# How to write down a program of a Turing Machine with just two states that, when given the empty tape as inputs, halts after 6 steps

I’m definitely not a computer science expert, but I find this topic extremely interesting - due to this interest, I’ve recently enrolled in a class about Turing Machine.

The lecturer assigned to us an exercise and one of the questions is: ‘Write down a program of a Turing Machine with just two states that, when given the empty tape as inputs, halts after 6 steps (please note: the last step will be the one at which the machine halts. Use the simulator at http://morphett.info/turing/turing.html to count the steps. If the machine halts after 5 steps it’s enough: don’t agonise over this exercise)’. Despite professor’s suggestion, I’m agonising, and the fact that the answer (that will be evaluated) is due by tomorrow does not help. I didn’t find anything online, and the blank tape halting problem confused me more. I’m gently asking you the same question, hoping someone will help me. The best I got are programmes that loop or halt after only 2 steps. I’m using this notation: for ‘current state’ and ‘new state’ I use 0,1,2,…; for the ‘current symbol’ and ‘new state’ I use 0,1,_(blank); for the ‘direction’ I use r(right),l(left),*(do not move).

I thank in advance who will respond for the patience. I hope my question doesn’t seem too naïve or stupid.

• That machine would be Busy Beaver machine, $BB_2$. Commented Jan 12 at 15:32
• (@rus9384: isn't the tape alphabet too large?) Commented Jan 12 at 16:03
• @greybeard $BB_2=6$ is on a TM with a binary alphabet, i.e. basically "empty" and "filled" cells. Commented Jan 12 at 16:04
• (I read for...symbol...I use 0,1,_ - ternary?) Commented Jan 12 at 16:09
• Oh, yeah, in a ternary alphabet creating a TM that halts after 6 steps should be even easier. Commented Jan 12 at 16:15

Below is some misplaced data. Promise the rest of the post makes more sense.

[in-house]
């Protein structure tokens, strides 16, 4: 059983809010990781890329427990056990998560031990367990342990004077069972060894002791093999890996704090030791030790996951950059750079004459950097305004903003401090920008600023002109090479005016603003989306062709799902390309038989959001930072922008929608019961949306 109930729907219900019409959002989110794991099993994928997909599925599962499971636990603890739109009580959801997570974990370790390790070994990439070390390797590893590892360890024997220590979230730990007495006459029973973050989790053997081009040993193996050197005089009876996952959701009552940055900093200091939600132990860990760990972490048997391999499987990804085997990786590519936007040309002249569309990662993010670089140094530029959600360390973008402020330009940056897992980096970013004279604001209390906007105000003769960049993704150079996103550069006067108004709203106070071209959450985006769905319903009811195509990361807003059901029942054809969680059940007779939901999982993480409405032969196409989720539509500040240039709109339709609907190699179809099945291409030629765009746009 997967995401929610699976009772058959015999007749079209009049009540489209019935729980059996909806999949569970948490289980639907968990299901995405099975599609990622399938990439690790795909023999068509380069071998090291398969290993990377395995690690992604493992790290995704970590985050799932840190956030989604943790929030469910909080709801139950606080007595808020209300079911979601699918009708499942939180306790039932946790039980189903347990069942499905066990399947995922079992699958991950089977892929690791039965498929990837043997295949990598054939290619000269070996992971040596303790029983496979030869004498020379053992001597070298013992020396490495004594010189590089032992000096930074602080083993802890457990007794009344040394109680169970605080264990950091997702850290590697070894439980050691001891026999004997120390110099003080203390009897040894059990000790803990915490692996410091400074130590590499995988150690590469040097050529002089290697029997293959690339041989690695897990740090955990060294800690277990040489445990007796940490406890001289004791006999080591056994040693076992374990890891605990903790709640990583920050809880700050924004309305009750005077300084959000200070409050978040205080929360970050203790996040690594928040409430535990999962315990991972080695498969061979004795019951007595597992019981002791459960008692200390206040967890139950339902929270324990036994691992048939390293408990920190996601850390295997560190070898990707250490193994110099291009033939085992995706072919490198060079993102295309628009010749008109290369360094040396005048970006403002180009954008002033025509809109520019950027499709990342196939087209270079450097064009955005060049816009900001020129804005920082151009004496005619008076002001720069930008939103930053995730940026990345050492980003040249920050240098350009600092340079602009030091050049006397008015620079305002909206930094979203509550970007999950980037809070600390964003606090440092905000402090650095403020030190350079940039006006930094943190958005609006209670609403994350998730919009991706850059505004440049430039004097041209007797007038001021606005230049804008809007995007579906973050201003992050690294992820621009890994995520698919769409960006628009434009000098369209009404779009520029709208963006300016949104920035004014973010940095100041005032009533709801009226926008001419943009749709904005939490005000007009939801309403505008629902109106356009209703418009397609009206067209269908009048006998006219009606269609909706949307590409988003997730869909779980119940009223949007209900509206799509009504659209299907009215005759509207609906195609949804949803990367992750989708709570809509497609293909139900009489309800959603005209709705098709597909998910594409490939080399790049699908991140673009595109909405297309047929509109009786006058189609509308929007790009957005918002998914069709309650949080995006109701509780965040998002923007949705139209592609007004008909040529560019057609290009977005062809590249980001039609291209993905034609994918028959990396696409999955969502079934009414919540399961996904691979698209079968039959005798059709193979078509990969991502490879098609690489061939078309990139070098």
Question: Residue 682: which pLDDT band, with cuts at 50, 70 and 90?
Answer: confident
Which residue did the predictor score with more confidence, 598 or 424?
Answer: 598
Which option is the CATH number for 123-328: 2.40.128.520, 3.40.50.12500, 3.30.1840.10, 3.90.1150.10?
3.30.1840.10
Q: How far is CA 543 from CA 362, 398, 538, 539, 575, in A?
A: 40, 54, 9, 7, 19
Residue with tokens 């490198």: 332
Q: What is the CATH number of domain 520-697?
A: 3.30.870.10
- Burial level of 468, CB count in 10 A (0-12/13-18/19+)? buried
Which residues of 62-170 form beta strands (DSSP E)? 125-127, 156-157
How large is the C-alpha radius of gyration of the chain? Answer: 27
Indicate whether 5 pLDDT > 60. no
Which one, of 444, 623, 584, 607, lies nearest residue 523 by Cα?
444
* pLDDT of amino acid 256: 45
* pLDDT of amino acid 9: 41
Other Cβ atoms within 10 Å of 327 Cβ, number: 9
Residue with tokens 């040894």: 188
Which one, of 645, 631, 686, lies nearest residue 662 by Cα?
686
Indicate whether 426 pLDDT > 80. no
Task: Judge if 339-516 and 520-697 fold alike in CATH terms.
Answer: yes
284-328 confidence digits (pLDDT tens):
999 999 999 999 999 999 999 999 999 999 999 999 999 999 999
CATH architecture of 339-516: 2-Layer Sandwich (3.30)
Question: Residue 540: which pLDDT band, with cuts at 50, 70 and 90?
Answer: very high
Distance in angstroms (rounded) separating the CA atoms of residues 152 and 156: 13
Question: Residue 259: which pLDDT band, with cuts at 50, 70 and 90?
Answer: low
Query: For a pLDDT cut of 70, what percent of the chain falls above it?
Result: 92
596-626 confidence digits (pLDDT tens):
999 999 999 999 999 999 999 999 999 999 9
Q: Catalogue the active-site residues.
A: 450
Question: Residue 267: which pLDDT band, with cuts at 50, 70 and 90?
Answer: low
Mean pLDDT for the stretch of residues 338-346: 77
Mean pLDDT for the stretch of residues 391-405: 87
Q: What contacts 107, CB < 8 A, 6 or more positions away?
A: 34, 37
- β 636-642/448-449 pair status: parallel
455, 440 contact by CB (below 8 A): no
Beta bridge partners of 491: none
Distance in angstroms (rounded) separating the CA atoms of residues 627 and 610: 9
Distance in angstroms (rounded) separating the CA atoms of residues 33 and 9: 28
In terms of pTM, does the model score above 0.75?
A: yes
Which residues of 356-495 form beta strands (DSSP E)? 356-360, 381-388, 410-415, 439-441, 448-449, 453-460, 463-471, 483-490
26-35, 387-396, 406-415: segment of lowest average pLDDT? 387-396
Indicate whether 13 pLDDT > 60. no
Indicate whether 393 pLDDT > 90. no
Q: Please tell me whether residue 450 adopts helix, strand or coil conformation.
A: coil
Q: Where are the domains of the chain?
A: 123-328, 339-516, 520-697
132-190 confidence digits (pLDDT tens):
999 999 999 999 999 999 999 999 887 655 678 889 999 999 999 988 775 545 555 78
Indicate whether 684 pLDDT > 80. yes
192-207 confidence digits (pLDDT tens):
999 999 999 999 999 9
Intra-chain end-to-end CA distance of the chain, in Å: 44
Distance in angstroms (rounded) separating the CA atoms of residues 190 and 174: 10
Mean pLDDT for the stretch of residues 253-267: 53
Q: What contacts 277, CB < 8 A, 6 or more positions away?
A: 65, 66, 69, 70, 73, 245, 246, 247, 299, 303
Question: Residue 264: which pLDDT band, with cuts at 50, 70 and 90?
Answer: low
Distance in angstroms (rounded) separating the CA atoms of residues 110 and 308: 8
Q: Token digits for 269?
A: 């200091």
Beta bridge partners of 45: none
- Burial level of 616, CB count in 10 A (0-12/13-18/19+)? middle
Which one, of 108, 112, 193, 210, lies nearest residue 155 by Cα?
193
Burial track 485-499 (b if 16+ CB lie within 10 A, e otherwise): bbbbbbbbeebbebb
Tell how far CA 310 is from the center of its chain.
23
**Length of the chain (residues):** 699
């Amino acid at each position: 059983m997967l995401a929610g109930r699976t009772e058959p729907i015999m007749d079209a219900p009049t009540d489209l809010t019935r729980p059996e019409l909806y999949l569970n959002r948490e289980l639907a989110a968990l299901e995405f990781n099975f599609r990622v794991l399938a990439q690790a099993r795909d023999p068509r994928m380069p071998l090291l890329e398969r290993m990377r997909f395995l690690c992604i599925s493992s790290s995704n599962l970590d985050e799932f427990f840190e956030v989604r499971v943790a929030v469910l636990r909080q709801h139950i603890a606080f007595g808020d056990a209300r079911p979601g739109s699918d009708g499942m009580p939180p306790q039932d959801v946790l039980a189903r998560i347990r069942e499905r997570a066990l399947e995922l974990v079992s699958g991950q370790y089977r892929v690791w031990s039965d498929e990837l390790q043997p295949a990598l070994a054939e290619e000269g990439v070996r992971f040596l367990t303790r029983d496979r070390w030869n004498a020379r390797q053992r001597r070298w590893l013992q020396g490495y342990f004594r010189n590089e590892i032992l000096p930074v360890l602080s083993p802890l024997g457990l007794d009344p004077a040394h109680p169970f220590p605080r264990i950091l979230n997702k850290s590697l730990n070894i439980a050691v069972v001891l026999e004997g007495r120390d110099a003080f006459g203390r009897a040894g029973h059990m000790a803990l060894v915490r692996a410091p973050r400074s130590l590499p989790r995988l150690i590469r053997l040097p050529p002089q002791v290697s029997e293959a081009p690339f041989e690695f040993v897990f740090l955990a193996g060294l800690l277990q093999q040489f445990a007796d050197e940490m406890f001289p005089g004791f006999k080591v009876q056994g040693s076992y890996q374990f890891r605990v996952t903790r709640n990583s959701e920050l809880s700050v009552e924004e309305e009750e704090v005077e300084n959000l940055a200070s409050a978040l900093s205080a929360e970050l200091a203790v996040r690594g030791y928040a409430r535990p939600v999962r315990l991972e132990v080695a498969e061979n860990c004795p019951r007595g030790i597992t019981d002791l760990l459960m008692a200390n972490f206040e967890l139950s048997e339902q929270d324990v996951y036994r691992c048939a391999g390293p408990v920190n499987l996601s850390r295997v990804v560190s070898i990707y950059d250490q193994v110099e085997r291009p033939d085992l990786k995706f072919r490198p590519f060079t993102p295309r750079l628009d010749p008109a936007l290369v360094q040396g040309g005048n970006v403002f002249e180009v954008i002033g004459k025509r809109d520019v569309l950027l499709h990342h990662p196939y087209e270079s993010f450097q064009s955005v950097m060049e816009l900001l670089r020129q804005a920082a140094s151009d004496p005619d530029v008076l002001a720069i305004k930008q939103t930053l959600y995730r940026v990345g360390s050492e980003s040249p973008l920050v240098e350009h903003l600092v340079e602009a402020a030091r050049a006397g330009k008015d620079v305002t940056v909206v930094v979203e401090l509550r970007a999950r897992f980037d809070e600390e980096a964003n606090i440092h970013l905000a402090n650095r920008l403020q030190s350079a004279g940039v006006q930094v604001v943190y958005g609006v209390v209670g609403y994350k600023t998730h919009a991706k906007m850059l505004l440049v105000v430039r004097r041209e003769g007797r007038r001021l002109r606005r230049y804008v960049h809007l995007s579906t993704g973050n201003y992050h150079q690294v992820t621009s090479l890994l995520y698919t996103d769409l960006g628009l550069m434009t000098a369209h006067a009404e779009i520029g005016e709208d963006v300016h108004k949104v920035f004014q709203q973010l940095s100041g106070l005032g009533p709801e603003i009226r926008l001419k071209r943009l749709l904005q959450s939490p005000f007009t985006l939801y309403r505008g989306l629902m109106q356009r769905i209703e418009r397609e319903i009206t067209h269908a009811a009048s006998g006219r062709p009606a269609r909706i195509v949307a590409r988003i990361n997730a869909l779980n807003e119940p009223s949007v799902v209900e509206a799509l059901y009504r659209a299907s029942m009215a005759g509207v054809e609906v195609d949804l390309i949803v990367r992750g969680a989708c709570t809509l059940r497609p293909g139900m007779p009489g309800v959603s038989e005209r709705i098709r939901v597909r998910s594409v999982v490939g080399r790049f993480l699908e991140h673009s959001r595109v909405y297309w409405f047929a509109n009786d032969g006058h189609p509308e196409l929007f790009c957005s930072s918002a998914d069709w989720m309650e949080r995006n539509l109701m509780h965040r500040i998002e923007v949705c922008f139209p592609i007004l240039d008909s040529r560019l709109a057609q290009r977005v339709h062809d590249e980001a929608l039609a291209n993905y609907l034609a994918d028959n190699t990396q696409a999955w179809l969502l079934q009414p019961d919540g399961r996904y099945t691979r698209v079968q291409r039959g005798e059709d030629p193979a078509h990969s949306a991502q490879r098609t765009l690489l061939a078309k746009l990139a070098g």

It is impossible, unless your professor defined the semantics of a Turing machine in a non-standard way, or perhaps you meant at most two non-final states? Here is why:

Every Turing machine $$M$$ has at least two states: an accepting state $$q_{acc}$$, and a rejecting state $$q_{rej}$$. Whenever $$M$$ reaches $$q_{acc}$$ or $$q_{rej}$$, it halts immediately and accepts or rejects, respectively. The latter implies that every Turing machine $$M$$ with only two states must have $$q_0 \in \{ q_{acc}, q_{rej}\}$$, where $$q_0$$ is the initial state of the machine, and thus such machines either accept all inputs or reject all inputs, and they always halt after 0 steps.

If you meant at most 2 states that are not final, that is, do not equal $$q_{acc}$$ or $$q_{rej}$$, then you can do the following. Define a non-final state $$q_0$$, and let the input alphabet of the machine include the numbers in $$\{1, 2, 3, 4, 5 \}$$. Then, the machine operates as follows: $$q_0$$ is the initial state of the machine, and $$\delta(q_0, b) = (q_0, 1, L)$$, where $$b$$ stands for an empty cell (blank symbol). Then, define $$\delta(q_0, i) = (q_0, i+1, L)$$, for all $$1 \leq i < 5$$, then define $$\delta(q_0, 5) = (q_{acc}, 5, L)$$.

I assumed that the machine's tape is left bounded, and if this is not the case, it is easy to modify the solution by alternating between two non-final states $$q_0$$ and $$q_1$$ while moving between two adjacent tape-cells, upon reading increasing numbers, and I leave the details to you.

Edit: if the machine has a stop action in its transition function (indicating that the head of the machine stays in the same cell-tape and does not move left or right), then you can take the above solution and replace going left with the "stop action".